Doubleday: 312 pp., $26
"Trouble," the latest novel by Kate Christensen, has a fantastic first chapter. Josie, the main character and a psychotherapist with a private practice, is at a party.
"Just then, I caught sight of a reflection of a woman in the tilted gilt-edged mirror across the room. She was dressed similarly to me, so I tilted my head to get a better look at her. As I did so, the woman tilted her head to match the movement of mine. I raised my wineglass; she raised hers along with me.
"It was then, in that instant, that I knew that my marriage was over."
Josie has become so out of touch with who she is that she cannot recognize her physical self. It is chilling. And on the next page, she goes on to say how beautiful she found that reflection and how, in her mid-40s, she had no idea she still looked so vibrant and alive.
Josie's positive mirror experience changes her life dramatically. After the party and after her decision to leave her marriage, she ends up on her knees in the bedroom of a total stranger. Shocking, dangerous, but believable and fascinating. The reader is immediately both attracted and repelled by Josie and her choices.
Unfortunately, the rest of the book never quite measures up to the promise of this beginning. From the prickly, uncomfortable excitement of the opening, it descends into an insulated and almost boring chronicle of her next few weeks. Josie goes home, goes to bed, wakes up, drinks coffee and goes to work. We get a thumbnail version of her sensitive and intelligent therapy sessions with four patients. That evening, calmly and matter-of-factly, Josie tells Anthony, her husband of 15 years, that she wants a separation but that he can keep their Manhattan apartment. "Yes," he said. "The apartment was mine to begin with. And you're so much more adaptable than I am to new places. I'll help you in any way I can, of course." Then they make love one last time.
Still in their robes, Anthony and Josie sit down to tell their 13-year-old daughter, Wendy, about their separation. Earlier, Josie worried about the intractable Wendy and describes her as "slammed permanently shut against me." But when Wendy hears that her parents are separating, she says only, "I know it's not my fault. How could it be? It's your marriage, and I'm just a kid." She wants to know if she can stay in the apartment -- which parent she lives with seems unimportant -- and Josie thinks to herself, "It would be awkward at first for my husband and daughter, just the two of them there, without me."
Wait. What happened to the woman who woke up when she saw her foxy self in that mirror? Wasn't she going to start feeling things? Wasn't her passionless life going to change? But why should it when everything is so easy? Josie rents an apartment -- in a day. Then her oldest friend, an aging rock star and ex-junkie named Raquel, gets embroiled in a scandal and asks Josie to hide away with her in Mexico City. Luckily, Josie always takes two weeks off at exactly this time of year. Obviously, money is no object. Of course, Wendy is happy to stay with Dad as long as Mom sends back reports of Raquel's famous life. And dear, sweet, understanding Anthony has all the time in the world to squire a tween through Manhattan.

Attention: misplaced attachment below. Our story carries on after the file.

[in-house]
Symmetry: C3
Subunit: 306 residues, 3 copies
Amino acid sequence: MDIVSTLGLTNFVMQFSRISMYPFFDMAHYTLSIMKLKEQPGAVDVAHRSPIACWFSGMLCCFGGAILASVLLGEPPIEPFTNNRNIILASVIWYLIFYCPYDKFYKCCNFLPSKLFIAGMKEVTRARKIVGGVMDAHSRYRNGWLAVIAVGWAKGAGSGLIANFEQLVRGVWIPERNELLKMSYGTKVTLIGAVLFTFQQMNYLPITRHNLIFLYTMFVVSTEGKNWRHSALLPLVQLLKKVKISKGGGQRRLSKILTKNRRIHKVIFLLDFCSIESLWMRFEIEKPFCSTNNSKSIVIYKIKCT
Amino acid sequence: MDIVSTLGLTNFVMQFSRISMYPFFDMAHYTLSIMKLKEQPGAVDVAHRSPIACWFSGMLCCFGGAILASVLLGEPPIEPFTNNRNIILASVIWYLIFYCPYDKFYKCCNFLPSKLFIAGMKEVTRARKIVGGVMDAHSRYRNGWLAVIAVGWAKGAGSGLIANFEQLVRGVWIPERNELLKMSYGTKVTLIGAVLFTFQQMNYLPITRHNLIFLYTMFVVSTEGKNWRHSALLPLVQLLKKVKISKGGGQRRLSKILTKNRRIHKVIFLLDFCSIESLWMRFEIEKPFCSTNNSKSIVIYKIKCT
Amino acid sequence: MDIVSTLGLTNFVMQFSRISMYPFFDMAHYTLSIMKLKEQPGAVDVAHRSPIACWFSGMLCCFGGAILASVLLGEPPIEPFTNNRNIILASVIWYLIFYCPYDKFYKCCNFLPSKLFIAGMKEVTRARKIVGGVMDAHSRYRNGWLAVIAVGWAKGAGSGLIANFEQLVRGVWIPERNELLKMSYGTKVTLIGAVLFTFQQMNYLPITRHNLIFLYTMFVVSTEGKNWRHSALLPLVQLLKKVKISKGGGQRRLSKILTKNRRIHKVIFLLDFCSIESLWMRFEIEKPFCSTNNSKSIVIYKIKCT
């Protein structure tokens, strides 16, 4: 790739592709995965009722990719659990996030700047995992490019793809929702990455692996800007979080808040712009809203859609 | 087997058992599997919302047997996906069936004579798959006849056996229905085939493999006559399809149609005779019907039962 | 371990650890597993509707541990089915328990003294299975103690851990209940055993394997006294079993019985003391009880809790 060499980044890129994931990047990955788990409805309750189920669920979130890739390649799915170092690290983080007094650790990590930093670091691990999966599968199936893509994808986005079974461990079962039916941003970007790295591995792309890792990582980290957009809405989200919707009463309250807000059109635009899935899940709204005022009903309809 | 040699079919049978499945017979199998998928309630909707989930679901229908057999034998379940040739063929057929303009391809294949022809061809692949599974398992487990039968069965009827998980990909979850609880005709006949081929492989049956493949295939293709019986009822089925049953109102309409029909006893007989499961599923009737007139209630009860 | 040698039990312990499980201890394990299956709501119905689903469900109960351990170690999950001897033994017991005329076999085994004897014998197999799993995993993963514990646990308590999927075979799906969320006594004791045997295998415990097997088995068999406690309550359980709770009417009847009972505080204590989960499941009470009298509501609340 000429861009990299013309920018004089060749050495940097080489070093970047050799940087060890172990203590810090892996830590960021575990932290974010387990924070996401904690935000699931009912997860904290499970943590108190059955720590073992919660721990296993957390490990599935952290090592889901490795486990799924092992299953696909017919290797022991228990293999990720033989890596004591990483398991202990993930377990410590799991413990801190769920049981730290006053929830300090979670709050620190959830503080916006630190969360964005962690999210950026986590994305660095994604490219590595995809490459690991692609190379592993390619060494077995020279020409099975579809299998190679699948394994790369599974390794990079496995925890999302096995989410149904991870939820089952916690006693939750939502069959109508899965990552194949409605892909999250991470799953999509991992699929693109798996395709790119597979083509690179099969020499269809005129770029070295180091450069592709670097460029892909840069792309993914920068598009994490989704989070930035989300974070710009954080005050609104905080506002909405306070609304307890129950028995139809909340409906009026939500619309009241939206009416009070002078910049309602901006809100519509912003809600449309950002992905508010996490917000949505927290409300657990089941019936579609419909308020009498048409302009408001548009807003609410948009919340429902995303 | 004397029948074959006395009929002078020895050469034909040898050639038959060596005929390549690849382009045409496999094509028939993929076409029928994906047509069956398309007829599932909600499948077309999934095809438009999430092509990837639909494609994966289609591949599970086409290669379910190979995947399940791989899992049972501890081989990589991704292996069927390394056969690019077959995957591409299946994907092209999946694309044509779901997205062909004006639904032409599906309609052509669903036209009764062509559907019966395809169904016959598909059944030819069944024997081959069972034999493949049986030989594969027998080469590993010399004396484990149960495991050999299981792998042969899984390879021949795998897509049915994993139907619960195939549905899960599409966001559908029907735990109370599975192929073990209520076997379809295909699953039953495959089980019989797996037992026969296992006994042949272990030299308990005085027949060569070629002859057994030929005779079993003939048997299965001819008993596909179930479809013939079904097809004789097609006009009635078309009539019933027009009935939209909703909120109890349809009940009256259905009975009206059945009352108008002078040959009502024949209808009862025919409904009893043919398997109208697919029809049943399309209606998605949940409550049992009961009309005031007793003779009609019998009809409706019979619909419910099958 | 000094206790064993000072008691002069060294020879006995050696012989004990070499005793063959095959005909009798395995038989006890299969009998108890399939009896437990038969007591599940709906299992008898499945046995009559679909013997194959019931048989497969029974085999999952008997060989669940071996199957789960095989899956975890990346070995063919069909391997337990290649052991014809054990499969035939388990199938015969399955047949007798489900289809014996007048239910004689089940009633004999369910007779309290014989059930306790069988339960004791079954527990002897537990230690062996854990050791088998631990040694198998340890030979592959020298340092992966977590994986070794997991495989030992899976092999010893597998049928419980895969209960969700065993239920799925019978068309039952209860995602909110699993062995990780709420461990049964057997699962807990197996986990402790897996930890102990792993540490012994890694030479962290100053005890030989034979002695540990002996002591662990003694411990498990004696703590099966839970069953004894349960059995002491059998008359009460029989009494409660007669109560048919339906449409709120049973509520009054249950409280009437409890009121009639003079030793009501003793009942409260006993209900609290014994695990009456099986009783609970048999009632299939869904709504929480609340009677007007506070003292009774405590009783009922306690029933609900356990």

Christensen is the author of four previous novels, including "The Great Man," which won the PEN/Faulkner Award. In that book, three septuagenarian women are brought together after many years apart. Like Josie, these women are emotionally distant from the people in their lives, particularly the painter, the "great man" of the title, whom they all loved. But in the earlier book, the painter has been dead for five years. The women are not friends. Their children are grown. It makes perfect sense that these women are distant and reflective. The book is about looking back. In "Trouble," Josie has no such excuse. She is in the middle of her life, her husband and child are still very much present, she is looking forward, not back. She should be deeply engaged with her troubled friend, the marriage she is leaving, and the man (of course, handsome and wealthy) whom she meets in Mexico.
Christensen writes beautifully. She is great at sex scenes and can make your mouth water when she writes about food. She gives us pages of description of Mexico City, and every meal, every drink, every cobblestone that Josie and Raquel traverse is explained in detail. The reader waits for the story to kick in again. A novel should transcend travelogue. It is not what Josie sees that is important but how she sees it. Her few insights are snotty and superior: The shopping street in Mexico City is "au courant in New York circa 1983"; a woman's haircut is "a kind of pageboy; I hadn't seen one of those in awhile." Nothing seems to remind her of Anthony or Wendy. There is very little thought of her dissolving marriage. She drinks a lot and smokes a lot and flirts and makes out with the man she meets as if that means she is changing her life.
In the end, Josie is actually just like that vision in the mirror: brittle, flat and simply a reflection of what could be.
Wagman is the author of the novels "Skin Deep," "Spontaneous" and "Bump."